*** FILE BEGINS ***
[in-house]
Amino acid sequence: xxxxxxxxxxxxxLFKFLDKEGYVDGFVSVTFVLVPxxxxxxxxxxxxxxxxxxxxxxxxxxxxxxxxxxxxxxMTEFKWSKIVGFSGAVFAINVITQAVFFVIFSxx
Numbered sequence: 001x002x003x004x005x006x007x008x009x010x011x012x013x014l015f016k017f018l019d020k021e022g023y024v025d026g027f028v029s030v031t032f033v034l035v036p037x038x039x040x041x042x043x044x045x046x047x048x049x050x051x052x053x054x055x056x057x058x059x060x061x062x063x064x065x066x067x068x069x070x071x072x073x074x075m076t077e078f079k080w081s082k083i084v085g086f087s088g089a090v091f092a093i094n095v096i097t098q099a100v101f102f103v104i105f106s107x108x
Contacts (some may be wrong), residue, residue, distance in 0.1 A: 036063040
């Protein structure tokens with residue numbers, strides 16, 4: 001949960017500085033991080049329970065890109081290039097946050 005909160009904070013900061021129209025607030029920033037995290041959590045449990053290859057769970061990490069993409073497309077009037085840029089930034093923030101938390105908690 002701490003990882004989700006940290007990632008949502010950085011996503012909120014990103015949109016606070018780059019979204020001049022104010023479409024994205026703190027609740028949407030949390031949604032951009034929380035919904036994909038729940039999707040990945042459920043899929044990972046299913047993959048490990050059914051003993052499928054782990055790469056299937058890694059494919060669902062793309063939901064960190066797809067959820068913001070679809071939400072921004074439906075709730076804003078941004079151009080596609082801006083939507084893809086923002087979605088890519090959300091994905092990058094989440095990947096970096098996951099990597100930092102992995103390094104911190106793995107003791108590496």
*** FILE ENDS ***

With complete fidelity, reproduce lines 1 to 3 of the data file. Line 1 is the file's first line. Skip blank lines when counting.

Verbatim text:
[in-house]
Amino acid sequence: xxxxxxxxxxxxxLFKFLDKEGYVDGFVSVTFVLVPxxxxxxxxxxxxxxxxxxxxxxxxxxxxxxxxxxxxxxMTEFKWSKIVGFSGAVFAINVITQAVFFVIFSxx
Numbered sequence: 001x002x003x004x005x006x007x008x009x010x011x012x013x014l015f016k017f018l019d020k021e022g023y024v025d026g027f028v029s030v031t032f033v034l035v036p037x038x039x040x041x042x043x044x045x046x047x048x049x050x051x052x053x054x055x056x057x058x059x060x061x062x063x064x065x066x067x068x069x070x071x072x073x074x075m076t077e078f079k080w081s082k083i084v085g086f087s088g089a090v091f092a093i094n095v096i097t098q099a100v101f102f103v104i105f106s107x108x